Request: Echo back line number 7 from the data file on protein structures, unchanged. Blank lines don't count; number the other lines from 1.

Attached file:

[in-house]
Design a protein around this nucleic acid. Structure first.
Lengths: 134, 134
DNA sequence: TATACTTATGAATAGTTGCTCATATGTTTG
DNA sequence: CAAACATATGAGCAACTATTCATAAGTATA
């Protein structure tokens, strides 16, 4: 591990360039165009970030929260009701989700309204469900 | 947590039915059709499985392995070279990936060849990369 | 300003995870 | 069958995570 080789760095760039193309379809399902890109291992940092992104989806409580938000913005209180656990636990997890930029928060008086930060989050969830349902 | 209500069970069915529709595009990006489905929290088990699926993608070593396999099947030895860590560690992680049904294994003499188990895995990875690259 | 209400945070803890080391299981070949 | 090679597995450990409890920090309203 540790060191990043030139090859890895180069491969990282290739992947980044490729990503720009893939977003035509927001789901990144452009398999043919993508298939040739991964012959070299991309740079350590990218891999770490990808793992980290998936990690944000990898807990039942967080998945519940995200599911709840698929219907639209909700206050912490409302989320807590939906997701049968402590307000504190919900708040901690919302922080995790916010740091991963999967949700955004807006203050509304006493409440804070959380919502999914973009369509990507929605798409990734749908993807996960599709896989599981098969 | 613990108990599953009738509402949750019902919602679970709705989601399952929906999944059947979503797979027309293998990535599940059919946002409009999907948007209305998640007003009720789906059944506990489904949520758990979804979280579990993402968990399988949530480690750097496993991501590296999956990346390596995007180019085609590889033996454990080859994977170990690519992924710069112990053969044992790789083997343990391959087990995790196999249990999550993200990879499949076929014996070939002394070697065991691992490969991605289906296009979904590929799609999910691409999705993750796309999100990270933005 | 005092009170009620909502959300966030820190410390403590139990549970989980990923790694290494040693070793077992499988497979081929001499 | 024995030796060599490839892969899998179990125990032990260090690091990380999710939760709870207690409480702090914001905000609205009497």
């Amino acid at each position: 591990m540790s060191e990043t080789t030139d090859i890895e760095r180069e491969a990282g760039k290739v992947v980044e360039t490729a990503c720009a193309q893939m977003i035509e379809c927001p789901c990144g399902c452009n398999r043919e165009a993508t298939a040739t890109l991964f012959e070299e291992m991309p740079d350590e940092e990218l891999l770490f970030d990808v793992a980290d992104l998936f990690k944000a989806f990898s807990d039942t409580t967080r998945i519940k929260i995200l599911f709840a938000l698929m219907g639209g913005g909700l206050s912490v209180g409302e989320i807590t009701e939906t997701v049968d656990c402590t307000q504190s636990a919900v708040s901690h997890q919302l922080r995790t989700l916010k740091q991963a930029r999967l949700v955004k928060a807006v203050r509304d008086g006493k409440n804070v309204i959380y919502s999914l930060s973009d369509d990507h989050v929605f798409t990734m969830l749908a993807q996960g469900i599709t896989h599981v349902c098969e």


């Amino acid at each position: 591990m540790s060191e990043t080789t030139d090859i890895e760095r180069e491969a990282g760039k290739v992947v980044e360039t490729a990503c720009a193309q893939m977003i035509e379809c927001p789901c990144g399902c452009n398999r043919e165009a993508t298939a040739t890109l991964f012959e070299e291992m991309p740079d350590e940092e990218l891999l770490f970030d990808v793992a980290d992104l998936f990690k944000a989806f990898s807990d039942t409580t967080r998945i519940k929260i995200l599911f709840a938000l698929m219907g639209g913005g909700l206050s912490v209180g409302e989320i807590t009701e939906t997701v049968d656990c402590t307000q504190s636990a919900v708040s901690h997890q919302l922080r995790t989700l916010k740091q991963a930029r999967l949700v955004k928060a807006v203050r509304d008086g006493k409440n804070v309204i959380y919502s999914l930060s973009d369509d990507h989050v929605f798409t990734m969830l749908a993807q996960g469900i599709t896989h599981v349902c098969e």